These poll numbers relate specifically to New Jersey Gov. Chris Christie’s efforts to reform education and the budget in that state, but I’d be willing to bet they mirror public sentiment in a lot of places, including Georgia. From Quinnipiac University, via Jim Geraghty at NRO:
New Jersey voters approve 50 – 46 percent of the way Gov. Christopher Christie is handling the state budget, but disapprove 52 – 44 percent of the way he is handling education. Gov. Christie’s proposal to limit school superintendent salaries is a good way to balance the budget, 69 percent of voters say, while 27 percent say it is meddling.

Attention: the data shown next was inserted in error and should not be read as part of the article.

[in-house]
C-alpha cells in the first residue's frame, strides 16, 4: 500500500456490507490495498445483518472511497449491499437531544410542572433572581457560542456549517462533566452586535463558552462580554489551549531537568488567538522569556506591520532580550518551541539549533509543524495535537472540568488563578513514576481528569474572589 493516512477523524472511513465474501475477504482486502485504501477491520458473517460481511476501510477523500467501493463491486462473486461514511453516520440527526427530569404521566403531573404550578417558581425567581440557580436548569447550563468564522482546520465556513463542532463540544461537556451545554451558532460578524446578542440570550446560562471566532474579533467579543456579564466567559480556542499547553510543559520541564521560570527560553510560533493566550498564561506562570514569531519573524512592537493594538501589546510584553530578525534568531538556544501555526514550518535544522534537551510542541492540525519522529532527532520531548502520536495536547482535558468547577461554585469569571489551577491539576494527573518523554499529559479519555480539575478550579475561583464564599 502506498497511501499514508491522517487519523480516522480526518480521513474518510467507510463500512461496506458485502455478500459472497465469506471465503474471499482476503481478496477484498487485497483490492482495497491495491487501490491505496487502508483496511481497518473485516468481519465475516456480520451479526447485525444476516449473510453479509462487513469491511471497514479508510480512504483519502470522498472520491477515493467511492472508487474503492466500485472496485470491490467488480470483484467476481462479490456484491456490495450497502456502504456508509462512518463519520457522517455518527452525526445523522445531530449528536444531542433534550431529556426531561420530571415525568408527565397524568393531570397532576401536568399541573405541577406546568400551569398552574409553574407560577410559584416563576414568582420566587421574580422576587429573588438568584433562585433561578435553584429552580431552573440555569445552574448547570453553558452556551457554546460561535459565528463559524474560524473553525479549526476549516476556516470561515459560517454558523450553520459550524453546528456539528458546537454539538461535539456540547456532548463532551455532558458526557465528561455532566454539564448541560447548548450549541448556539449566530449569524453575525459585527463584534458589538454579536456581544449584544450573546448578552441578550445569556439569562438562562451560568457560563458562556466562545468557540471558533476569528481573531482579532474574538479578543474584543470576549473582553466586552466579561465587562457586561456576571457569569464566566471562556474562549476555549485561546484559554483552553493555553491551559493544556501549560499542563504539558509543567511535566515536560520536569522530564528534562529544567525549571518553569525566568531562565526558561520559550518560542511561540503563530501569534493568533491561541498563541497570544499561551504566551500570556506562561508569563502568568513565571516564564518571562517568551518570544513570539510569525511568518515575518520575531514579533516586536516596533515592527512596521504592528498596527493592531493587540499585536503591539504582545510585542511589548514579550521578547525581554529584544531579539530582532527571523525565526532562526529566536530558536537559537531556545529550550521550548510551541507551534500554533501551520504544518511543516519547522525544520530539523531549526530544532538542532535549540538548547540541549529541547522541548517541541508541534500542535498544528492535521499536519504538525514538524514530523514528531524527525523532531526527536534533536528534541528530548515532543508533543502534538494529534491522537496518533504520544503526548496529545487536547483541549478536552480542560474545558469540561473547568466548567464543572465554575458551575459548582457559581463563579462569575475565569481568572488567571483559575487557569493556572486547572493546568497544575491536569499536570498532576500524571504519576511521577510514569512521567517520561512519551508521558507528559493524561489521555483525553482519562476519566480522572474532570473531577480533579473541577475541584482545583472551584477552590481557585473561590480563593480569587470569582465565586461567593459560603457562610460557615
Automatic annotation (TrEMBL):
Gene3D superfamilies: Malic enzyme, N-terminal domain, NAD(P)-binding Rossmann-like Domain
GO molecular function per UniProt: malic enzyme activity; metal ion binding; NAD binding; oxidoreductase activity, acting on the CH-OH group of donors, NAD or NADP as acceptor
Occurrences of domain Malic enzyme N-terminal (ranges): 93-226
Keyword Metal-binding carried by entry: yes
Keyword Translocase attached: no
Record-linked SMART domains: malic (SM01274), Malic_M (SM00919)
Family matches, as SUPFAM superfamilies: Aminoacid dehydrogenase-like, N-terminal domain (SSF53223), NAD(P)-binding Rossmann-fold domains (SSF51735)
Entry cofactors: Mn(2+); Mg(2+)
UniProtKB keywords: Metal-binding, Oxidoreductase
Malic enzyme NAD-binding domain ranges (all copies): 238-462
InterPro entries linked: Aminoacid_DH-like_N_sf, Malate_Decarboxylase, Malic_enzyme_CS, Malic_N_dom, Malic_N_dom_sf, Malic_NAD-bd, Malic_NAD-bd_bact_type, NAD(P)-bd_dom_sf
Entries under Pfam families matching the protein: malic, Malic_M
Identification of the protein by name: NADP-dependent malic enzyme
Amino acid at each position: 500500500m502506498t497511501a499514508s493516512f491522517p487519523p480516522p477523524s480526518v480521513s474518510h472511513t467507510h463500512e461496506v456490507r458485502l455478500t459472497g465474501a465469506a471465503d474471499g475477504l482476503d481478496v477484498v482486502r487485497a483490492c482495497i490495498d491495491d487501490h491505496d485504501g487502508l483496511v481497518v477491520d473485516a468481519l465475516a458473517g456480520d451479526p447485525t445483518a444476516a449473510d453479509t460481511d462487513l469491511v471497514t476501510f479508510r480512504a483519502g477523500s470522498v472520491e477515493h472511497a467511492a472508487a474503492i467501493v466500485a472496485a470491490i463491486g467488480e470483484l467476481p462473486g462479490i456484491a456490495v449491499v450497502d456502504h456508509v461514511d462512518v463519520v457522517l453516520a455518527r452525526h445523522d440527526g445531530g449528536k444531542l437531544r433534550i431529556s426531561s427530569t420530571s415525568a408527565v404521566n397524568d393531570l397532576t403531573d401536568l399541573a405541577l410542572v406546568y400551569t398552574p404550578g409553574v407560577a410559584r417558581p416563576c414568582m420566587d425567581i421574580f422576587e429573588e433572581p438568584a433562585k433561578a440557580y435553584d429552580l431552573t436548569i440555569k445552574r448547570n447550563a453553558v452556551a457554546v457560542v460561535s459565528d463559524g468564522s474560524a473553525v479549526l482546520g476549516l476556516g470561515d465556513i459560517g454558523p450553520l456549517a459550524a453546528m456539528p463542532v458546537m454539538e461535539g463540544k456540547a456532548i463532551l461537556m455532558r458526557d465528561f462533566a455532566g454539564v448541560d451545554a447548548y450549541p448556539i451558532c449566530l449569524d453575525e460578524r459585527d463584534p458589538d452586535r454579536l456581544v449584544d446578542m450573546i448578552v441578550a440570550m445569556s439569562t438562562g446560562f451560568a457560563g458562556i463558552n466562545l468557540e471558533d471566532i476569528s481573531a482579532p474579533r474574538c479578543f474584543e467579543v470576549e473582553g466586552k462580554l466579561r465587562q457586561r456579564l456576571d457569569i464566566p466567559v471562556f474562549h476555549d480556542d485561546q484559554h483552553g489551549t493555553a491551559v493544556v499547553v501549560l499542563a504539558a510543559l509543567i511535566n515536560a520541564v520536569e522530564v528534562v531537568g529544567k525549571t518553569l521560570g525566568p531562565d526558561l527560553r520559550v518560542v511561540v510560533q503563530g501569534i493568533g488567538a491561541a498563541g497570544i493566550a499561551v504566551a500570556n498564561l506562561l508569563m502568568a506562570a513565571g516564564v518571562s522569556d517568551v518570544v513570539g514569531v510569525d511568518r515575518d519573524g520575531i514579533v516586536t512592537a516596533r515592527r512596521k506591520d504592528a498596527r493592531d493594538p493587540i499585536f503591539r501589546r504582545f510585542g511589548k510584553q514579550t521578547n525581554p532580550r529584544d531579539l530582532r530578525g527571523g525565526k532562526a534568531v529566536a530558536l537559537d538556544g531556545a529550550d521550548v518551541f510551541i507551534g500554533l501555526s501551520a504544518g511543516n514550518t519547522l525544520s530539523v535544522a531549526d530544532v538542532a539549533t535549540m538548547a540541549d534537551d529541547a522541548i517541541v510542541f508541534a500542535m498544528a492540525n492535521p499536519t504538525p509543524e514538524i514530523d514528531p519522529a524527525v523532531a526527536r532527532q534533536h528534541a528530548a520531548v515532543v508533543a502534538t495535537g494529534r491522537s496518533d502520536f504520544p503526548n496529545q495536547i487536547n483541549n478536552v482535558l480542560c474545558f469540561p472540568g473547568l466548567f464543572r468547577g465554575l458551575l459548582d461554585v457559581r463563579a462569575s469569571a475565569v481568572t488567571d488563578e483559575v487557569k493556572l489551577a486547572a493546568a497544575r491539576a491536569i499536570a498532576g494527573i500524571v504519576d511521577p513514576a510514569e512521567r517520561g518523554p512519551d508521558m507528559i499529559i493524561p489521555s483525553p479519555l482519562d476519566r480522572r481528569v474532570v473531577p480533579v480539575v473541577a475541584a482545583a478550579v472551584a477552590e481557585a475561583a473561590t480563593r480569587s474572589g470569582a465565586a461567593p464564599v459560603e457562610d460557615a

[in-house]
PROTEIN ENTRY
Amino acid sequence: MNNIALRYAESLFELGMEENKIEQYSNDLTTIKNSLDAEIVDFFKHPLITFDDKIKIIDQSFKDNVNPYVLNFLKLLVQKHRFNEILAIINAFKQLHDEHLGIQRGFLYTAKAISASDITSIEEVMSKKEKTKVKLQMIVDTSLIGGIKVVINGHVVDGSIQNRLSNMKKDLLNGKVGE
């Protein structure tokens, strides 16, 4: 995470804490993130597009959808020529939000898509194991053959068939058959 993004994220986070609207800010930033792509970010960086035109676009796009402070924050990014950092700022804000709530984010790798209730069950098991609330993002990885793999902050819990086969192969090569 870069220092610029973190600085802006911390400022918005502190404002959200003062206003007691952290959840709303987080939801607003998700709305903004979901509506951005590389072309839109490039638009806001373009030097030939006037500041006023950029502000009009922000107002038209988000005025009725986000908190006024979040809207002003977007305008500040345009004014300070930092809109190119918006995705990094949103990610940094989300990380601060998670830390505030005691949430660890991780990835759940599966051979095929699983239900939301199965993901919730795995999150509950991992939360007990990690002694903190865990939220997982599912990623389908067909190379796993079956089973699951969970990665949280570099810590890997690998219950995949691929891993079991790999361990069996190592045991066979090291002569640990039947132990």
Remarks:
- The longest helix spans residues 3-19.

By a 64 – 16 percent margin, voters have a favorable opinion of public school teachers, but by 45 – 30 percent they have an unfavorable opinion of the New Jersey Education Association. Teachers unions play a negative rather than a positive role in improving education, voters say 51 – 39 percent.
New Jersey voters favor merit pay for good teachers 69 – 27 percent and support Christie’s proposal to limit teacher tenure 62 – 32 percent.
So, to recap:
And yet, in spite of all that, they think a governor who pursues policies that align with these sentiments is doing a good job on the budget, but not on education. Go figure.
– By Kyle Wingfield